The ANU Film Group began life in late 1965 with sporadic film screenings. Regular screenings didn’t start until 1966, with programmes published at the time still in existence and currently archived at the National Library.
All screenings were from 16mm film in the Physics Lecture Theatre, near Bruce Hall on the ANU campus. Screenings eventually moved to the H.C. Coombs Lecture Theatre (our current venue) in third term of 1968. In 1973, the Group managed to acquire 35mm film projectors and had them installed into the theatre. These projectors were some years old, however, and soon had to be replaced.
In 1975, the Group managed to convince the University to jointly fund a completely new set of projection equipment, consisting of two 35mm projectors, and one 16mm projector. The Group's half of the funding for this equipment was lent to it by the University and slowly paid back over a number of years, with the equipment ultimately being donated to the University following the repayment of the loan.
The early 1980s was a difficult time for the Group due to falling membership levels. This was not a problem unique to the Group; cinema attendance was falling all over the world due to the introduction of home video equipment and the sudden surge in video hire shops. The Group’s finances were stretched badly and the Committee was forced to give serious consideration to winding up the group on a number of occasions. Thankfully, they persevered and by the late 1980s, membership levels had begun reaching record highs with each passing year.
In 1990, the Group arranged for the purchase and installation of Dolby Stereo sound. This also necessitated the acquisition of a replacement screen because the old screen didn’t allow for sound transmission through it (a requirement of Dolby Stereo’s centre speaker). Once again, the University agreed to jointly fund this equipment, the total cost of which came to some $22,000. This time, however, the Group needed no loan and paid for its half in one payment.
At the same time, a closer inspection of the Group’s financial records by the Committee found that the records were in such a poor state that the Group could not be effectively audited. Changes were then put into place and passed by resolution in 1991 that dramatically altered the way the records were kept, and introduced film hire journals, projectionist and freight logs, among other accounting practices.
The beginning of 1996 saw the purchase and installation of Dolby Digital Sound (SR-D), together with the replacement of all amplifiers and speakers. The processor had just been released by Dolby and the ANU Film Group (by sheer coincidence) managed to receive the first one in the country! This meant that a voluntary, not-for-profit University film society had the most technically advanced equipment in the country at the time, surpassing all commercial cinemas in what was a major achievement for the Group.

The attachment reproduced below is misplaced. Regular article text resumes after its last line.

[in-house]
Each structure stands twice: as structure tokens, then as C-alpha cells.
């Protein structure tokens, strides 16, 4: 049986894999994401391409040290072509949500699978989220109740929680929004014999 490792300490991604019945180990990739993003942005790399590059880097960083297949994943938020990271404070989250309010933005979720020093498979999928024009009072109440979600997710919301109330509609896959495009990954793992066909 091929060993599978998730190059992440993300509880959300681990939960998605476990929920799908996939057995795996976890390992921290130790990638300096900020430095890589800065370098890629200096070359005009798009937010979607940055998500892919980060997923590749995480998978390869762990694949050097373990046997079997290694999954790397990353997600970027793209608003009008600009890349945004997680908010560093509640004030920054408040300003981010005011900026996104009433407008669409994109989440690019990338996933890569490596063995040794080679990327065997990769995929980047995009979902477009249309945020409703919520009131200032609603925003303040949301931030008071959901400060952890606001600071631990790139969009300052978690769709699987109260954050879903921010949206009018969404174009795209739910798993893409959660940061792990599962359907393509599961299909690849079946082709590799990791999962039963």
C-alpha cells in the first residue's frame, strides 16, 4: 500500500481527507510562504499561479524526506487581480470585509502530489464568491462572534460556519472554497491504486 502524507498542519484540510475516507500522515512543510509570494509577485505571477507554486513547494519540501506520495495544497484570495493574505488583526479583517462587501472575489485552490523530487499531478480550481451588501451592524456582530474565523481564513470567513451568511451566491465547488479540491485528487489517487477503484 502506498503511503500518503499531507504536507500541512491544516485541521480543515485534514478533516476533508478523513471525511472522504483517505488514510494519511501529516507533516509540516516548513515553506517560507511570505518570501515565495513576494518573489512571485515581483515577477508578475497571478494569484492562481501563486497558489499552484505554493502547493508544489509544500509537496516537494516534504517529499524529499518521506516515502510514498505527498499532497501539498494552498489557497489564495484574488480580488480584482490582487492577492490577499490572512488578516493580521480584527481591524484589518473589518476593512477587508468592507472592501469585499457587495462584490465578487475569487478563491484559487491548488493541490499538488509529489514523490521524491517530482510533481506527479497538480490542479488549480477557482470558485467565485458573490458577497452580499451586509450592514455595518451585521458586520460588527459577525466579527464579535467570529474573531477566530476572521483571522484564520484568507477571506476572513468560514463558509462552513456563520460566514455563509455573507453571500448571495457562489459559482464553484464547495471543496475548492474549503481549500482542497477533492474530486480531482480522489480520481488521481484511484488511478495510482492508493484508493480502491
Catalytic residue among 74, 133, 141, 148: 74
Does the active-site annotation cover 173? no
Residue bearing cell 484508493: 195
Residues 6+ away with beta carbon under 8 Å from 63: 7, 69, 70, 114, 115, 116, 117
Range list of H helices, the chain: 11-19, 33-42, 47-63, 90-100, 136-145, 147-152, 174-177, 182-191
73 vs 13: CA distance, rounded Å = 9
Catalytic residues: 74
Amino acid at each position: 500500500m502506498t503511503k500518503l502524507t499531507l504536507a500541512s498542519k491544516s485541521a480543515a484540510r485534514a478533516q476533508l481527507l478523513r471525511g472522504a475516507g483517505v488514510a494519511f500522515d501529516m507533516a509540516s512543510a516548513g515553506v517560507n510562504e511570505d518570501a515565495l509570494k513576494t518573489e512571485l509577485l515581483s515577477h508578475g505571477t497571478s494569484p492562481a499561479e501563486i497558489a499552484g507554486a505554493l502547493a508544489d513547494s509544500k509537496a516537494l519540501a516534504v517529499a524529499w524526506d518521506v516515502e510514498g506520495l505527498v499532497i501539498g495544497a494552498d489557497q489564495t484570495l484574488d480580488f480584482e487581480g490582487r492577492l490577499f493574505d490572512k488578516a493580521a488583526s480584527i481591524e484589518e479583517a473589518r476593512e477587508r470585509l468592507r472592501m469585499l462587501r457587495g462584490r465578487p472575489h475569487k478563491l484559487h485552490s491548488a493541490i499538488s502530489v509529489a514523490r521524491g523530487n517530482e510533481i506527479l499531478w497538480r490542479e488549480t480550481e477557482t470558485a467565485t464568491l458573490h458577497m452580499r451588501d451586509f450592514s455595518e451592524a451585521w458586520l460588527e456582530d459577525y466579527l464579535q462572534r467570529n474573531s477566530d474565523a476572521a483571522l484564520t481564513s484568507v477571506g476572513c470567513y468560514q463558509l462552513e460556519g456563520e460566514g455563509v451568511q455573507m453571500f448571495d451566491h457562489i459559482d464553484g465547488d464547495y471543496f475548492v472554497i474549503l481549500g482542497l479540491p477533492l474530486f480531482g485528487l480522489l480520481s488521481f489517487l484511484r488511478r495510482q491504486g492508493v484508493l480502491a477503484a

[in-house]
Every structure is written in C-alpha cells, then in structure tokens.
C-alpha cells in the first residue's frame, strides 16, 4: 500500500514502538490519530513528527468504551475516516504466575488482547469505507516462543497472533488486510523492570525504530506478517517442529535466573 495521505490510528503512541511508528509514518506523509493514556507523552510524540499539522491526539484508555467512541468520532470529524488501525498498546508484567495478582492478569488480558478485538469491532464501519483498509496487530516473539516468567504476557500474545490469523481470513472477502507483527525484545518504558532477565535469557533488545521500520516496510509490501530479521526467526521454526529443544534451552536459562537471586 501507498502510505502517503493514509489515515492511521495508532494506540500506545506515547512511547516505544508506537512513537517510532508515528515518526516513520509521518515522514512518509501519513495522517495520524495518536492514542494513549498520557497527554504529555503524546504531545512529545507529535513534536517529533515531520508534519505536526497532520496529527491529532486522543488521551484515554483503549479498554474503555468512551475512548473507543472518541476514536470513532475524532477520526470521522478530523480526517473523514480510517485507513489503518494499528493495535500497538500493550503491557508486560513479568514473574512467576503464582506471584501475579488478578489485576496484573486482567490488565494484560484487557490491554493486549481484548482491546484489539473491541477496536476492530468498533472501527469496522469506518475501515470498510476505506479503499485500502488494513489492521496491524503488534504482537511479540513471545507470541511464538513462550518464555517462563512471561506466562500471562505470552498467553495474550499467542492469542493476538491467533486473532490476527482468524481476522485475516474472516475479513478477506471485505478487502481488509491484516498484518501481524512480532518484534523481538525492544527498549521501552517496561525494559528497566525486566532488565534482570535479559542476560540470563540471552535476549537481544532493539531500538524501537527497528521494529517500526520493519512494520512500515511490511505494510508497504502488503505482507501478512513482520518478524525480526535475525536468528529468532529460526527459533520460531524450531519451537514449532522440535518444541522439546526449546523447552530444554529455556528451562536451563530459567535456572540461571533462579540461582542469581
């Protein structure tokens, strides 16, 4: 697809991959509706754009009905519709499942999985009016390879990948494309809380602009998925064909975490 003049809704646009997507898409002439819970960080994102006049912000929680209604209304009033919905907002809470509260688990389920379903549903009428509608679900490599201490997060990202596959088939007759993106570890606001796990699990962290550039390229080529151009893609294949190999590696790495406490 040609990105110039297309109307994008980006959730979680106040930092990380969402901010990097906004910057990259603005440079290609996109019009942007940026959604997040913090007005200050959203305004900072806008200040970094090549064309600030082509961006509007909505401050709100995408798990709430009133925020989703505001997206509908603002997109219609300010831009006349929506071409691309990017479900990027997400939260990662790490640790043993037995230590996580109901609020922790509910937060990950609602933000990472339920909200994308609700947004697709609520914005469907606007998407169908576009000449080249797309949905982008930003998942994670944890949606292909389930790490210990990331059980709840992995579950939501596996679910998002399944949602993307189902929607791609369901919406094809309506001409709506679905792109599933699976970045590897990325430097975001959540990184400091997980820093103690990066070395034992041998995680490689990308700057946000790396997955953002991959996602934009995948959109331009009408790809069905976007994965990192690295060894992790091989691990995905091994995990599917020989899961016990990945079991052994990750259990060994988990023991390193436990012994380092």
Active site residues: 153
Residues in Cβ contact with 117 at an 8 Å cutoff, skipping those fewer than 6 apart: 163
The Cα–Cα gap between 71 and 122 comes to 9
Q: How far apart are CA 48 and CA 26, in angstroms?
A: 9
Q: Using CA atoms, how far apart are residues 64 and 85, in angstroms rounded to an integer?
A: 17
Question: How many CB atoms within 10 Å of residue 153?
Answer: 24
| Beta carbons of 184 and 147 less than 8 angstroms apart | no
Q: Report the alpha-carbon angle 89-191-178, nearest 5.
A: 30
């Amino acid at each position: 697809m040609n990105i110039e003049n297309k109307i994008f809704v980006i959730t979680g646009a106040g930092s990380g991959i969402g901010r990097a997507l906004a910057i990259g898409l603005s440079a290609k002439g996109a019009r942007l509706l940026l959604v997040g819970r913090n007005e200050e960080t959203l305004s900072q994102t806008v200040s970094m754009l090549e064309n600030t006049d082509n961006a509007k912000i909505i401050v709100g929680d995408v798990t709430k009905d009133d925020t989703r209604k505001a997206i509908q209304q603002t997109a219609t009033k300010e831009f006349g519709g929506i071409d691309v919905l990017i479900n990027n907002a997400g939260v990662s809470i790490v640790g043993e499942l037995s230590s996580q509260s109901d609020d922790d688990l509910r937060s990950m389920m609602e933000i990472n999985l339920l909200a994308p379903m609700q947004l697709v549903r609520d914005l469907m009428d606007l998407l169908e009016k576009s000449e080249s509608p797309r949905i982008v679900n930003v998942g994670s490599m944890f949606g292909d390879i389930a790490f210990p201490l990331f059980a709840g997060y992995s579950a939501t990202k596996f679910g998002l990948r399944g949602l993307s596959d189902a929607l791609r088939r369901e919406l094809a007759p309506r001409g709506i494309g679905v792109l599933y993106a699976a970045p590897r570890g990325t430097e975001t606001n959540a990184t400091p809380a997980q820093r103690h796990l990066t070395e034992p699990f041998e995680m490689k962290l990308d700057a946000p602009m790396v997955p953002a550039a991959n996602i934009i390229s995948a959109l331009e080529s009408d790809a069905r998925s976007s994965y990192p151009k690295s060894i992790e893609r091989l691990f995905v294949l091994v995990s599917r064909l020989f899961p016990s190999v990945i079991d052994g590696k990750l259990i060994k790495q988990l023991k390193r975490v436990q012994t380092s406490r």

The purchase and installation of this equipment cost over $52,000, and the University was only willing to contribute $10,000 of it, as opposed to the 50-50 split they had agreed to in the past. Therefore, a decision was made by the Group to reappropriate the University’s fund to instead commission electronic security for the projection room and speakers, and to install sound absorption panelling on the rear walls of the theatre. The Group’s operations had been so successful over the preceding few years that it had built up enough capital to completely pay for the $52,000 sound system upgrade all by itself.
The start of 1997 saw a bigger screen installed, together with an upgrade to the existing projectors for brighter lamps and new lenses. The cost of this (approximately $18,000) was once again borne entirely by the Group.
Throughout 1998, the Committee worked to purchase new 35mm film projectors for the Group, once more with the assistance of the ANU. This was completed in late 1998, and the projectors were installed for the start of the 1999 university year. At the same time, membership levels continued to rise, with the number of members exceeding 2000 for the first time in Semester One, 1999.
In 2000 the Group turned its attention to improving the administrative side of the Group. This involved updating the membership and guests tracking system from paper cards to a fully computerised system. Semester One, 2000 also saw the largest single program the Group has ever run, with over 120 feature films shown.
The Group celebrated its 40th anniversary in 2006 with a number of events to commemorate the milestone, including a Cineball, mystery screenings and our first ever Annual Trivia Night. In 2007, the Group introduced a third membership option in addition to Annual and Semester memberships: the Weekly membership, allowing for entry into all screenings within seven days from the date of purchase. This proved to be particularly attractive for those only wishing to catch one or two screenings, as well as for visitors from out of town.
As of 2013, the ANU Film Group is still going strong and is currently looking into digital projection technology in light of the changing nature of film distribution in Australia and the gradual phasing out of 35mm film. Be sure to keep an eye on this space for more exciting changes to the Group coming up very soon!Written with contributions from Craig McGill and Robert Ewing.